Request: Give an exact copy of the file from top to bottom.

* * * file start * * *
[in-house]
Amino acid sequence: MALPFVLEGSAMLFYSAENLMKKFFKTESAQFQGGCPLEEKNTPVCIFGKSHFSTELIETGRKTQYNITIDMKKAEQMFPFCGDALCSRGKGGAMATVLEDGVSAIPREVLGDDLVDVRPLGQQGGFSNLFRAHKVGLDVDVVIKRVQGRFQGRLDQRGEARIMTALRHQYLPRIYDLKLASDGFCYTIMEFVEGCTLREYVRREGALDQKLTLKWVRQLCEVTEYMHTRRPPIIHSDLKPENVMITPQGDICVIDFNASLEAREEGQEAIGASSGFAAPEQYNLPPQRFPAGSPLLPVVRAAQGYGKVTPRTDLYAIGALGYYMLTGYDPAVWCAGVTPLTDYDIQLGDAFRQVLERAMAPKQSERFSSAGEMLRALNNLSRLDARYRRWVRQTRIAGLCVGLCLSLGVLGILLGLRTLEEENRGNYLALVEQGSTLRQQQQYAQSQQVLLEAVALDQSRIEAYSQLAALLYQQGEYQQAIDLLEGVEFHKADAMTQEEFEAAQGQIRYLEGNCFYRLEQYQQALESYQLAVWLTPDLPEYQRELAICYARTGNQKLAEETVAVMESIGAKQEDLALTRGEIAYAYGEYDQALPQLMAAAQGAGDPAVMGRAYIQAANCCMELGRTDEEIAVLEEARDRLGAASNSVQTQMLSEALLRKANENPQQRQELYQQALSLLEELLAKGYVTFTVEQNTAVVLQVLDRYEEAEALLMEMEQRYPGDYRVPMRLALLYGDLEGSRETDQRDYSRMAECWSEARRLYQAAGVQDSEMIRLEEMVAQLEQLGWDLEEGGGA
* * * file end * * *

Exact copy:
[in-house]
Amino acid sequence: MALPFVLEGSAMLFYSAENLMKKFFKTESAQFQGGCPLEEKNTPVCIFGKSHFSTELIETGRKTQYNITIDMKKAEQMFPFCGDALCSRGKGGAMATVLEDGVSAIPREVLGDDLVDVRPLGQQGGFSNLFRAHKVGLDVDVVIKRVQGRFQGRLDQRGEARIMTALRHQYLPRIYDLKLASDGFCYTIMEFVEGCTLREYVRREGALDQKLTLKWVRQLCEVTEYMHTRRPPIIHSDLKPENVMITPQGDICVIDFNASLEAREEGQEAIGASSGFAAPEQYNLPPQRFPAGSPLLPVVRAAQGYGKVTPRTDLYAIGALGYYMLTGYDPAVWCAGVTPLTDYDIQLGDAFRQVLERAMAPKQSERFSSAGEMLRALNNLSRLDARYRRWVRQTRIAGLCVGLCLSLGVLGILLGLRTLEEENRGNYLALVEQGSTLRQQQQYAQSQQVLLEAVALDQSRIEAYSQLAALLYQQGEYQQAIDLLEGVEFHKADAMTQEEFEAAQGQIRYLEGNCFYRLEQYQQALESYQLAVWLTPDLPEYQRELAICYARTGNQKLAEETVAVMESIGAKQEDLALTRGEIAYAYGEYDQALPQLMAAAQGAGDPAVMGRAYIQAANCCMELGRTDEEIAVLEEARDRLGAASNSVQTQMLSEALLRKANENPQQRQELYQQALSLLEELLAKGYVTFTVEQNTAVVLQVLDRYEEAEALLMEMEQRYPGDYRVPMRLALLYGDLEGSRETDQRDYSRMAECWSEARRLYQAAGVQDSEMIRLEEMVAQLEQLGWDLEEGGGA